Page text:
Three thousand fifty-seven veterans of the Iraq and Afghanistan wars were potentially diagnosed with a drug dependency from fiscal year 2005 through March 2007, according to figures provided to ABC News from the Veterans Health Administration. From 2002 through 2004, only a total of 277 veterans were diagnosed with drug dependency, the numbers show.

"The military right now can say whatever they want, but the truth on the ground is that the soldiers are in a lot of pain, emotional and physical pain, and they're turning to drugs in order to alleviate that," said Sullivan.

Photos: Coming Home: Soldiers and Drugs

Wounded Warriors

More than a dozen Fort Carson soldiers talked to ABC News about their drug use, including some willing to be interviewed on camera about their experiences.

-- William Swenson was injured in his final mission in Iraq. Prescription drugs provided little relief from physical and emotional pain, Swenson said, so he turned to marijuana and tried cocaine. The Army court-martialed Swenson and threw him in jail for 20 days.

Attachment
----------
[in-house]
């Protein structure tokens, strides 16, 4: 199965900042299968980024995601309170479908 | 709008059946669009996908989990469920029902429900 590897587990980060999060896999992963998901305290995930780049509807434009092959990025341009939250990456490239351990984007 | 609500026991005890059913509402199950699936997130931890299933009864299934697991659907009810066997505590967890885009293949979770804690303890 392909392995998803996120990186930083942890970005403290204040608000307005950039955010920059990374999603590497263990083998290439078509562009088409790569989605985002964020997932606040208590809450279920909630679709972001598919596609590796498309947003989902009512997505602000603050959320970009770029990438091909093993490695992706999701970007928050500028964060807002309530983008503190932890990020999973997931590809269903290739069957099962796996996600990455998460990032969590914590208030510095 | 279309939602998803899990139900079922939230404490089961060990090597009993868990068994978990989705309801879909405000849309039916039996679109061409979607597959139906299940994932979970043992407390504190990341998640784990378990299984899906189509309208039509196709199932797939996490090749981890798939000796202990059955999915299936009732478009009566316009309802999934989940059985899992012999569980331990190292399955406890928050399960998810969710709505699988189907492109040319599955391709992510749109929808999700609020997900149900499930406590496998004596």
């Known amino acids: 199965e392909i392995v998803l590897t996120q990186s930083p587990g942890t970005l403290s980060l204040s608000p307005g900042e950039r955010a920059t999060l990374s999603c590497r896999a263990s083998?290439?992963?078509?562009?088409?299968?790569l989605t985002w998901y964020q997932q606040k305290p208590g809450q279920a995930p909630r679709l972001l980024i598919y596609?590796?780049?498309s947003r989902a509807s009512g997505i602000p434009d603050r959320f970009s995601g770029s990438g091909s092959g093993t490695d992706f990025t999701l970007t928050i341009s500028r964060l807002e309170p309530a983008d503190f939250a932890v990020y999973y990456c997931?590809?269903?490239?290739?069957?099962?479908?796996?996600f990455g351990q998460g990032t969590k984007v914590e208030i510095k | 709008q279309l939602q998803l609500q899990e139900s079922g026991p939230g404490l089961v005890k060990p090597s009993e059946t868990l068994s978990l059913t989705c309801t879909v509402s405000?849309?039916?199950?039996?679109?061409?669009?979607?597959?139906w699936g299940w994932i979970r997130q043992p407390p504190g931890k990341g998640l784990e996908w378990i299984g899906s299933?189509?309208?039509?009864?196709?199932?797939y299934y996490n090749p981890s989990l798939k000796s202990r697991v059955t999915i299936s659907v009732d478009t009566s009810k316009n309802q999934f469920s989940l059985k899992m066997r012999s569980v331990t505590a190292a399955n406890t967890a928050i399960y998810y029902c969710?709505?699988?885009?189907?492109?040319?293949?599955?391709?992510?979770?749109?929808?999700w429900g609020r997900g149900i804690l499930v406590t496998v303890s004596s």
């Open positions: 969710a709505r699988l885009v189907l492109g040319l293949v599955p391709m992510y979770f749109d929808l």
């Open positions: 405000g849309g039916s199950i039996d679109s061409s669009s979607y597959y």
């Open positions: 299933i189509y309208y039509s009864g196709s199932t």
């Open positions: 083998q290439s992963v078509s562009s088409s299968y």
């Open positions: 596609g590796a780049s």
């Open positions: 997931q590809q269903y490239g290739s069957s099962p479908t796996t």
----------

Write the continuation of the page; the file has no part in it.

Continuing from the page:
-- Michael Bailey said he tried to commit suicide twice because of the combined stress of his deployment to Iraq and marital problems. He failed a drug test after using cocaine during a night out on the town.

-- Matthew McKane worked as a medic in Baghdad. To escape the daily chaos, he and another soldier tried propofol, a powerful anesthetic, McKane said. The other soldier overdosed and died. When McKane returned home, he tested positive for cocaine, he said. He is currently in prison awaiting a court-martial on misconduct charges. McKane believes he will soon be dismissed from the Army because of his drug use.

-- Jeffrey Smith also worked as a medic in Baghdad and said he turned to illegal drugs to cope with emotional trauma inflicted during his deployment in Iraq. After testing positive for illicit drugs, he said he was kicked out of the Army on misconduct charges with no benefits.

-- Alan Hartmann was a door gunner on a Chinook helicopter flying missions from Kuwait into Iraq. He suffered from chronic nightmares after returning home and turned to methamphetamines to stay awake, he said.